Puberty and Growth - Physical fitness

It is important for young people to understand the major benefits of daily exercise. Good physical conditioning is as important as weight control during the teen years. While not everybody can be an athletic champion, almost anyone can improve his or her heart, lungs, and muscles. All that is required is time, discipline, determination, and patience. Teenagers are advised to join school athletic teams or exercise independently after school. Walking to school rather than driving is another means of getting exercise.

Exercise Goals

One of the goals of physical conditioning for teenagers is to tone and develop muscles. Muscles that are exercised regularly will grow in size and strength. Those that are not will atrophy (shrink in size).

Exercise allows for an increase in the number of individual muscle fibers as well as an increase in the number of blood capillaries that supply the muscle tissue with nutritive substances. Consequently, the muscles become more efficient and more toned.

In addition to muscle development, physical conditioning should include optimum cardiopulmonary fitness. The increase in heart activity and oxygen consumption is the basis for aerobic workouts. Aerobic means, literally, “with oxygen.” Aerobic training involves maintaining a steady rate of physical activity so that the heart, lungs, and muscles work together at a level that is more demanding than a body's state of rest. Jogging, running, and rapid walking are common examples of aerobic training.

Exercise Precautions

The individual goals should be kept within sensible limits to avoid injury or impaired health. Overexertion can cause dizziness, nausea, and hyper-ventilation. Teenagers should avoid excessive exercise during severely hot and humid weather. To avoid dehydration, drink plenty of water before and after exercising.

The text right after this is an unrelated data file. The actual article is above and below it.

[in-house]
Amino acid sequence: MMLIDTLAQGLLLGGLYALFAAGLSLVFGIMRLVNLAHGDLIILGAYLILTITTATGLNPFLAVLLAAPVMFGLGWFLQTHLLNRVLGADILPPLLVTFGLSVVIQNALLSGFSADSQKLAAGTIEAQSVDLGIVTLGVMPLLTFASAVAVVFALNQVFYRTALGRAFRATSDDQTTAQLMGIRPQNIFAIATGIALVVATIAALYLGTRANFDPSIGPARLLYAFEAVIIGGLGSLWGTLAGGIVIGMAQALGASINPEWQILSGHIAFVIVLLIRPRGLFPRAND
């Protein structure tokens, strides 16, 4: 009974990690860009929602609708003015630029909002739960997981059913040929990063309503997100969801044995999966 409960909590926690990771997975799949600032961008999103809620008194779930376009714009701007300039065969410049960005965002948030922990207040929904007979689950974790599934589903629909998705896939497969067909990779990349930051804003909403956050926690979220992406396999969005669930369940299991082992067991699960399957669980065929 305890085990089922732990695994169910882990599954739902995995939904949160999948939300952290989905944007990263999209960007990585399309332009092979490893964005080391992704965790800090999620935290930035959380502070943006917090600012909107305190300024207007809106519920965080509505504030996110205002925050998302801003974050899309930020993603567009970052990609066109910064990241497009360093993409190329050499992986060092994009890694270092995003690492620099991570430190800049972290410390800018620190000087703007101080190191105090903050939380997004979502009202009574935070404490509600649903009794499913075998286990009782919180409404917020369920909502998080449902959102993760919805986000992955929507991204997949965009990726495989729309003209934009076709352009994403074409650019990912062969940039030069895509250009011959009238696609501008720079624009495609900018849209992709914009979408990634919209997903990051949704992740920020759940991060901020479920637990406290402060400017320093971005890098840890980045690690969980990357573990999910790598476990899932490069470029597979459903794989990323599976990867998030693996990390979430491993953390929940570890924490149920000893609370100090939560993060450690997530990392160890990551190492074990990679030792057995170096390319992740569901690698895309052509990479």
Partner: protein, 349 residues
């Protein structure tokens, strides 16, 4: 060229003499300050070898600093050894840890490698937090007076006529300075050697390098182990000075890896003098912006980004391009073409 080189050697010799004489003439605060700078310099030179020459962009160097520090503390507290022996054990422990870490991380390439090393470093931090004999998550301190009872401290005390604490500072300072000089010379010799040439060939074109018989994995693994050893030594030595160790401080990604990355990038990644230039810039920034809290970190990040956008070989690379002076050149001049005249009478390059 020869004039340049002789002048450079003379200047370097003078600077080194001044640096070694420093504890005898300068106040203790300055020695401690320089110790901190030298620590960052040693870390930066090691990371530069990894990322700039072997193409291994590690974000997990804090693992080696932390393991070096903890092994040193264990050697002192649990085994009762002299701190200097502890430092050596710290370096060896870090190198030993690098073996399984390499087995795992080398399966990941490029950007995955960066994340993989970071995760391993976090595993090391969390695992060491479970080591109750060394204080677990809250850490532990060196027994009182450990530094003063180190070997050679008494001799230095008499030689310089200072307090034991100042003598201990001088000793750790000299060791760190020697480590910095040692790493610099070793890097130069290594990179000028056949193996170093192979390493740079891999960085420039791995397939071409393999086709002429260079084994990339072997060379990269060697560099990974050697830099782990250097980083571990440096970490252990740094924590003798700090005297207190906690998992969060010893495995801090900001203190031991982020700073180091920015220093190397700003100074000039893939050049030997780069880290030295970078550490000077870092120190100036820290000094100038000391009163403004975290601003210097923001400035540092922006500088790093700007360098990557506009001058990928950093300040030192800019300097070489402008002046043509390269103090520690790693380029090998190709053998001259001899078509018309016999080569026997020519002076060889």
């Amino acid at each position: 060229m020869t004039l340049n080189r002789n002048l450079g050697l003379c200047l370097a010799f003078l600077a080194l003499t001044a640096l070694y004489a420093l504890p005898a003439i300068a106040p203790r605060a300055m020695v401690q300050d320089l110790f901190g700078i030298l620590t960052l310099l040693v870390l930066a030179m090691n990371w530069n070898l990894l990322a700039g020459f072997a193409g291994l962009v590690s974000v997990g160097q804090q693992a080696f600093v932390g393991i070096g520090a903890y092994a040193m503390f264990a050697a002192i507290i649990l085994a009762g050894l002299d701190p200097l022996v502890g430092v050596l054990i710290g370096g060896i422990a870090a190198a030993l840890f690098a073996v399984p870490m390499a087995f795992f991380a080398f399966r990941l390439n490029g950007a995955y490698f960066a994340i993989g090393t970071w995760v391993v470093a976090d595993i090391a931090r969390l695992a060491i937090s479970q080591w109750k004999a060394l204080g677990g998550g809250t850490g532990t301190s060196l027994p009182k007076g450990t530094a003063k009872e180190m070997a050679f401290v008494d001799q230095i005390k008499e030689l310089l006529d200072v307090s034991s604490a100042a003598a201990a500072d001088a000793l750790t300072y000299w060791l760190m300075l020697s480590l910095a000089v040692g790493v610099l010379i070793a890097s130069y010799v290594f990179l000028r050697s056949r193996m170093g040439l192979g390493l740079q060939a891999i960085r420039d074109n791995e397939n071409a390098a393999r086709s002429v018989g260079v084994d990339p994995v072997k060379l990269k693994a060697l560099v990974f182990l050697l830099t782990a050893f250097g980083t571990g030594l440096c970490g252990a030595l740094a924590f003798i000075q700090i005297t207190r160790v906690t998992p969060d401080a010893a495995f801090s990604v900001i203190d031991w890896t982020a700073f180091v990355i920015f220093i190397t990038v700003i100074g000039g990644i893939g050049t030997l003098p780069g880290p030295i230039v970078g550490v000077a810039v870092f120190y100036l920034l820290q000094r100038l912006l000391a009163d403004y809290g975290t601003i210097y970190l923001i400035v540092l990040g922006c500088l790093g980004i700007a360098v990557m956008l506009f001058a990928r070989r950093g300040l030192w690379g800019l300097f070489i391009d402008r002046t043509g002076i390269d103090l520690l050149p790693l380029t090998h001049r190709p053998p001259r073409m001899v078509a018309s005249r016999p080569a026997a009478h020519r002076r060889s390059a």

Choosing Proper Equipment

When exercising, it is essential that a teenager use proper athletic gear to avoid injuries. The knees are one of the most vulnerable body parts. As such, a teenager must be fitted with high-quality athletic shoes, which should be replaced as soon as they wear out. A podiatrist can provide insoles for proper foot balance for pavement or grass field. Protective gear, such as a mouth piece, shin guard, or riding helmet, is also important.

The Use of Steroids

In recent years, a substantial number of teenagers have been abusing steroids in the hope of improving physical appearance, self-image, and enhancing athletic performance. While this nonmedical use of anabolic steroids is illegal, teenage use is rampant. As many as half a million teens under the age of eighteen have admitted experimenting with these dangerous drugs.

Considerable risks exist for those who take steroids, especially those at a young age. Adverse physical effects include acne, stunted growth, vomiting, disturbed hormonal function, heart and kidney disease, liver disorders, and immune system deficiencies. Young males, specifically, may suffer shrinking of the testicles, balding, impotence, and enhanced breast development. Young females may suffer changes or cessation of the menstrual cycle, development of facial hair, breast reduction, and deepened voices. Serious psychological and physiological effects may occur. Users of steroids risk a long-term dependence or addiction. Teenage abusers may experience “roid rages,” consisting of irritability, violent behavior, mania, psychosis, followed by depression once the drug has left the body. In some cases, suicide has occurred.